More gamblers are hitting the slots and blackjack tables in the U.S., giving the industry a 4.8 percent boost in 2012, its biggest since the recession.
Consumer spending at casinos grew to $37.3 billion, slightly below the industry's 2007 record high at $37.5 billion, according to a report released Monday from the American Gaming Association.
The boost is due to an improving economy and increased consumer spending, the trade group said. Revenues are also up because of the opening of new casinos in markets like New York City, Kansas and Ohio.
But the rise in new casinos in the mid-Atlantic region contributed to decreased revenues in Delaware and New Jersey.
"After three years of increasing growth and positive signs in all sectors of the industry, it's clear that we have weathered the recession," Frank J. Fahrenkopf Jr., president and CEO of the American Gaming Association, said in a statement.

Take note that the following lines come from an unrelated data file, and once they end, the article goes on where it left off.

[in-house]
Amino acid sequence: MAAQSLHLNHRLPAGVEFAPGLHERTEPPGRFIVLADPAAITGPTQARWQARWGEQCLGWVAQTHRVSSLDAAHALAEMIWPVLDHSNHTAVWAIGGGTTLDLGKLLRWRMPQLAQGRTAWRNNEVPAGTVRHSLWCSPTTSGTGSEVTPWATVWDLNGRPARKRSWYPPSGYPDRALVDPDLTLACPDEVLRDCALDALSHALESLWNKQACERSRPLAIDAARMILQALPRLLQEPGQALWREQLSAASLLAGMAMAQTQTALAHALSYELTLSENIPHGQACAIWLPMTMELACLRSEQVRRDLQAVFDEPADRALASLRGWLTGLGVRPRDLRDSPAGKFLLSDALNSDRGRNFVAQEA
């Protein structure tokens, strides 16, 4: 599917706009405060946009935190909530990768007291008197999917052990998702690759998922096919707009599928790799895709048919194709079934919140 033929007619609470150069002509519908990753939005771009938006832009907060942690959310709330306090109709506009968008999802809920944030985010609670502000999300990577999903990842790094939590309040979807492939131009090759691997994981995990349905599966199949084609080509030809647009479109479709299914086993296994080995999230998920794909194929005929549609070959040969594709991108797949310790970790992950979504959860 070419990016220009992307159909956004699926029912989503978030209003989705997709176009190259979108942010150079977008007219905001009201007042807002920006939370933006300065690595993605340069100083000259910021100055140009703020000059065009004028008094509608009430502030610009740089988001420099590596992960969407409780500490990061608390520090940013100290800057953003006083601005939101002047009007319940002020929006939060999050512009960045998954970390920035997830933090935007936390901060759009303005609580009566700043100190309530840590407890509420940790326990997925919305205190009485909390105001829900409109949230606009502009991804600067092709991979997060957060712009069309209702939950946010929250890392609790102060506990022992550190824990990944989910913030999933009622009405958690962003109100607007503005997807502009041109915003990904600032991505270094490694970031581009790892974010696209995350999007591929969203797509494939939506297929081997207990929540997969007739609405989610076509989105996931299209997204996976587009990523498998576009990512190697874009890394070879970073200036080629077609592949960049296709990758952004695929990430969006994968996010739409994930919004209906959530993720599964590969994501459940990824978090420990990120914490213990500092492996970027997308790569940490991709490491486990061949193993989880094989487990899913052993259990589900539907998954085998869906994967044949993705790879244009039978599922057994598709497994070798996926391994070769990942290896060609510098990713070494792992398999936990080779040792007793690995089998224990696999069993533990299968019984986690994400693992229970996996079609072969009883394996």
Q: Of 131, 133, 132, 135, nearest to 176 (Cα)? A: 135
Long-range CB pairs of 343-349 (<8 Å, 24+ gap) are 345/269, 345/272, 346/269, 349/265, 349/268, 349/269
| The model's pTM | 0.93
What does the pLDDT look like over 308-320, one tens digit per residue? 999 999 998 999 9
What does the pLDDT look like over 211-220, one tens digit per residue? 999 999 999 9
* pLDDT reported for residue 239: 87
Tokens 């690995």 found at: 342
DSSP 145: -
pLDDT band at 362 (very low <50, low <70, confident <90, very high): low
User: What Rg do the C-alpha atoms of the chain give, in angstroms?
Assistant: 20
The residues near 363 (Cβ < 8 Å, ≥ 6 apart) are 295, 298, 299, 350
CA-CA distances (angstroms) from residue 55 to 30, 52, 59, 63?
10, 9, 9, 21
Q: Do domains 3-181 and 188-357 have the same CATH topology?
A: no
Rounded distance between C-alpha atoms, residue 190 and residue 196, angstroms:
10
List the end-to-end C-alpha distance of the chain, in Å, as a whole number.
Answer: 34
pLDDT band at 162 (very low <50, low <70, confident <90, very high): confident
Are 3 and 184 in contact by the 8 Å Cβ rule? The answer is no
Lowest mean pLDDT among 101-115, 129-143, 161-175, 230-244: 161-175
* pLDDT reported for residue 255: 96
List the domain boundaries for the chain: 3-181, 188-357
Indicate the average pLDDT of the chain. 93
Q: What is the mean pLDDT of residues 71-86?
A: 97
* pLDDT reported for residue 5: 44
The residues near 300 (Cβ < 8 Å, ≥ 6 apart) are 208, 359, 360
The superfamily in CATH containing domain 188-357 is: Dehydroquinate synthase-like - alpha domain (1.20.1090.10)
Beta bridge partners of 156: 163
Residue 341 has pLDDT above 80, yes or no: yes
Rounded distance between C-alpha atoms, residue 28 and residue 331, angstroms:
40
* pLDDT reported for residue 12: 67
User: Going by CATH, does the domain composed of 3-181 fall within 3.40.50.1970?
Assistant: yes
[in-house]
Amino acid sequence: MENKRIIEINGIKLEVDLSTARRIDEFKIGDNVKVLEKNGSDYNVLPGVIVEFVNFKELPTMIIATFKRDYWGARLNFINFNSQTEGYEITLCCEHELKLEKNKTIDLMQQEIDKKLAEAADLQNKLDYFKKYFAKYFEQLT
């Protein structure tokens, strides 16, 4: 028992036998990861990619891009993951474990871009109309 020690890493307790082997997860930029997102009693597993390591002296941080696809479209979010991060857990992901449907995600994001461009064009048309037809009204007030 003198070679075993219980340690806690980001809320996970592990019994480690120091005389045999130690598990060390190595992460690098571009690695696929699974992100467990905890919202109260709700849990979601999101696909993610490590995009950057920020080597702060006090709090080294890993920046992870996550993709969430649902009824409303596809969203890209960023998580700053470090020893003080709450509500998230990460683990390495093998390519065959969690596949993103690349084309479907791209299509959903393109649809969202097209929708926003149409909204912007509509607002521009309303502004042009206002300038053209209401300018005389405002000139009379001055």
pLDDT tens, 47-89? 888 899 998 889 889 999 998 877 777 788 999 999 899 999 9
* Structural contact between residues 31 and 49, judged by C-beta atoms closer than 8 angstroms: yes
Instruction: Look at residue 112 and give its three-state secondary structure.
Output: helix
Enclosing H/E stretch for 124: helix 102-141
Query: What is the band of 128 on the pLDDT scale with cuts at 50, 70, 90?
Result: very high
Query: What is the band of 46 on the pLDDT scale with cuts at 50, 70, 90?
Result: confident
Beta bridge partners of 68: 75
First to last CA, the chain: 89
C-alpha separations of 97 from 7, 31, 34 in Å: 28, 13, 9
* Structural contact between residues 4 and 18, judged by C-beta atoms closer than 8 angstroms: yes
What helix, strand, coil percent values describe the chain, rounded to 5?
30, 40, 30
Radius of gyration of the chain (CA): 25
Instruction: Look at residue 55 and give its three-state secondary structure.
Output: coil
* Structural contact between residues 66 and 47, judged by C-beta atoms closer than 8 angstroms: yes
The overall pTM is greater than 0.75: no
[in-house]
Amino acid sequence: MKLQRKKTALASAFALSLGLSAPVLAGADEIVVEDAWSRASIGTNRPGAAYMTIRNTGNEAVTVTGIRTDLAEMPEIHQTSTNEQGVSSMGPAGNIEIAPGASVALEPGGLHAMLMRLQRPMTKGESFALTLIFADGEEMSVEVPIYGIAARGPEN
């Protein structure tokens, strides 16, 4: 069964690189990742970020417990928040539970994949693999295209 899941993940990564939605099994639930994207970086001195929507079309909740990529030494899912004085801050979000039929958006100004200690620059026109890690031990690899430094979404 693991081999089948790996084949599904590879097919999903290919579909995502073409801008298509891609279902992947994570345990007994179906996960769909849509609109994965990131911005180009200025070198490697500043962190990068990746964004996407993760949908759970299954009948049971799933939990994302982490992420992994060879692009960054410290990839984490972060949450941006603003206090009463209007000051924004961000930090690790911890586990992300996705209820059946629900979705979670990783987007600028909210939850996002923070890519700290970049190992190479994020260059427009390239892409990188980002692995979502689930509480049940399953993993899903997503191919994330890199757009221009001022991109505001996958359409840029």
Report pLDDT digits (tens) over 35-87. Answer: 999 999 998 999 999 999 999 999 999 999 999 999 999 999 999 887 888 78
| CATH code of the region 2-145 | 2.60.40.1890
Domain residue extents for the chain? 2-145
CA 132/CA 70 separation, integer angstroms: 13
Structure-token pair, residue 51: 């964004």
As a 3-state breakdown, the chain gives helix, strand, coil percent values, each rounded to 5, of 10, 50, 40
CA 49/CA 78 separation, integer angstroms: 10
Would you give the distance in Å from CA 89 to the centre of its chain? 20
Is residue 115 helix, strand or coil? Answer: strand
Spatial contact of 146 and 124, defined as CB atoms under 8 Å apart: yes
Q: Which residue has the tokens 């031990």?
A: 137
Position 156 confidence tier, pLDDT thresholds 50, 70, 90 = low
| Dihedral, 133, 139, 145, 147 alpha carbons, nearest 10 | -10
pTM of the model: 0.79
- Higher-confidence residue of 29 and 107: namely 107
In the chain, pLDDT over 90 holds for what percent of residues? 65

"Whether we look at jobs, casino visitors served or tax revenues being provided, the bottom line is that there is much to be optimistic about in the commercial casino industry."
Fifteen of the 22 states that had commercial casinos in 2011 saw increases. Kansas saw the largest boost at 603.7 percent, followed by Maryland and Maine with respective increases of 142.6 percent and 66.9 percent.
This was driven by the opening of new casinos or casinos that had their first full year of operations,
according to the gaming trade group.
In 2012, New Jersey saw a decline of 8 percent in gross gaming revenue, the largest decrease, after Superstorm Sandy led to temporary casino closings and reduced tourism.
Nevada, the biggest gambling market with 265 operating casinos, experienced a 1.5 percent increase in gross gaming revenue in 2012 at $10.9 billion.
While revenues grew, gaming industry-related jobs fell by 0.9 percent from 2011. The more than 332,000 people who are employed by the industry earned $13.2 billion in wages, benefits and tips in 2012.